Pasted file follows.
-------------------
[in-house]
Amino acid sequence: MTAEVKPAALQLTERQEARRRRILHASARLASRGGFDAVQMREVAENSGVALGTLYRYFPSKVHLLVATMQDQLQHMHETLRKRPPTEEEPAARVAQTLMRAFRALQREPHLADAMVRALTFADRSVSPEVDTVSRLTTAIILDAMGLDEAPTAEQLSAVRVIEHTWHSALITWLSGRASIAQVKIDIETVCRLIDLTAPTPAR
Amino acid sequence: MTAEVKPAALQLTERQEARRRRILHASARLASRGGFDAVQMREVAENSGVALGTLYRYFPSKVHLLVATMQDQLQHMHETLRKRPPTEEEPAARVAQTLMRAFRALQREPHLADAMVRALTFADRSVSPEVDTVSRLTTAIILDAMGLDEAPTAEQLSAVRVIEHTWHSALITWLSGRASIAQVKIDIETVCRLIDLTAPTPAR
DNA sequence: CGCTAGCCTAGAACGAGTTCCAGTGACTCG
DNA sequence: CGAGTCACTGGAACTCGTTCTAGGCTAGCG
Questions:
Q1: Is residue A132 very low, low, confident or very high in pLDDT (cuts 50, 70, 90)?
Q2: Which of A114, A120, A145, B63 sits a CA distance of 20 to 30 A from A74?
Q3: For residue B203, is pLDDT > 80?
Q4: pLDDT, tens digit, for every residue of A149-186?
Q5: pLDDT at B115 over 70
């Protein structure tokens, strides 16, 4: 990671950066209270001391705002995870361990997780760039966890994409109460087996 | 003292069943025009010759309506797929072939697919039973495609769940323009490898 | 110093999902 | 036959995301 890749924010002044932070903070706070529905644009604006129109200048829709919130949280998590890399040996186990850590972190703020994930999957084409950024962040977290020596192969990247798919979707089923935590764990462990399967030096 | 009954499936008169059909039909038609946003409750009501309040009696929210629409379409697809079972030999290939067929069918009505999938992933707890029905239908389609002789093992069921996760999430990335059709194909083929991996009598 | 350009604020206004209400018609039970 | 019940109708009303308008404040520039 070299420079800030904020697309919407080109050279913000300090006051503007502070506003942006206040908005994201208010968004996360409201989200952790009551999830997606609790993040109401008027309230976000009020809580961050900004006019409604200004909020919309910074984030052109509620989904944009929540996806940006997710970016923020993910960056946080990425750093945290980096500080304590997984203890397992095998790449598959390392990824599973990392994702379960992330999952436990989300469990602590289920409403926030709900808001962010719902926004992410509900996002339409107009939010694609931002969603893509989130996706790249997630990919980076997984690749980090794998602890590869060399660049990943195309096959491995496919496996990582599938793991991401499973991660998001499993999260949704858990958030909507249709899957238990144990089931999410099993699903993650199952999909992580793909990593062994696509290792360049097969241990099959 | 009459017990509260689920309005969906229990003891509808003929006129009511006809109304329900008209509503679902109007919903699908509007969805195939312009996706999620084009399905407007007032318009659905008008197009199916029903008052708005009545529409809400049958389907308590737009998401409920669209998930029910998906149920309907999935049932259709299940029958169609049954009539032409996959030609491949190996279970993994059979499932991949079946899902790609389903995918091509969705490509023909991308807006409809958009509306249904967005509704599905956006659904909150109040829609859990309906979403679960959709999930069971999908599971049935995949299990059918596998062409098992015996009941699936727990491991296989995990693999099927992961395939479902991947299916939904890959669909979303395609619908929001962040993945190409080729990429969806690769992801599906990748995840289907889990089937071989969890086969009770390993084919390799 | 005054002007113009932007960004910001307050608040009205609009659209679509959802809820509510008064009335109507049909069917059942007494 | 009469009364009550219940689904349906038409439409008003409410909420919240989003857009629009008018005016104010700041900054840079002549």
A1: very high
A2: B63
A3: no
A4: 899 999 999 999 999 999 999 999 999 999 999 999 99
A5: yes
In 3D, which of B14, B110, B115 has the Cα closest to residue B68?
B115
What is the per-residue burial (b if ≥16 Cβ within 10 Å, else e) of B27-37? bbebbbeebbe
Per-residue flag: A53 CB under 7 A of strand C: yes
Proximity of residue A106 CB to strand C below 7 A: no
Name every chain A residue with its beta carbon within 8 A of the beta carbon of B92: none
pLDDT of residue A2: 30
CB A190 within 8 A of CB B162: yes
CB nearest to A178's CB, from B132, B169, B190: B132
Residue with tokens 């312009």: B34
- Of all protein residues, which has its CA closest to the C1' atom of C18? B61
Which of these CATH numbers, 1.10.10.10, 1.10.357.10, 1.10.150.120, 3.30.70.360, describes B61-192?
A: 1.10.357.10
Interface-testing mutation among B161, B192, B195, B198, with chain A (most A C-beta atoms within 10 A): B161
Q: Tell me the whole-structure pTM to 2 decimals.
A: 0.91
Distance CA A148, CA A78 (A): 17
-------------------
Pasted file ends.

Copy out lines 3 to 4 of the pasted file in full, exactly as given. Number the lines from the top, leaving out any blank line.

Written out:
Amino acid sequence: MTAEVKPAALQLTERQEARRRRILHASARLASRGGFDAVQMREVAENSGVALGTLYRYFPSKVHLLVATMQDQLQHMHETLRKRPPTEEEPAARVAQTLMRAFRALQREPHLADAMVRALTFADRSVSPEVDTVSRLTTAIILDAMGLDEAPTAEQLSAVRVIEHTWHSALITWLSGRASIAQVKIDIETVCRLIDLTAPTPAR
DNA sequence: CGCTAGCCTAGAACGAGTTCCAGTGACTCG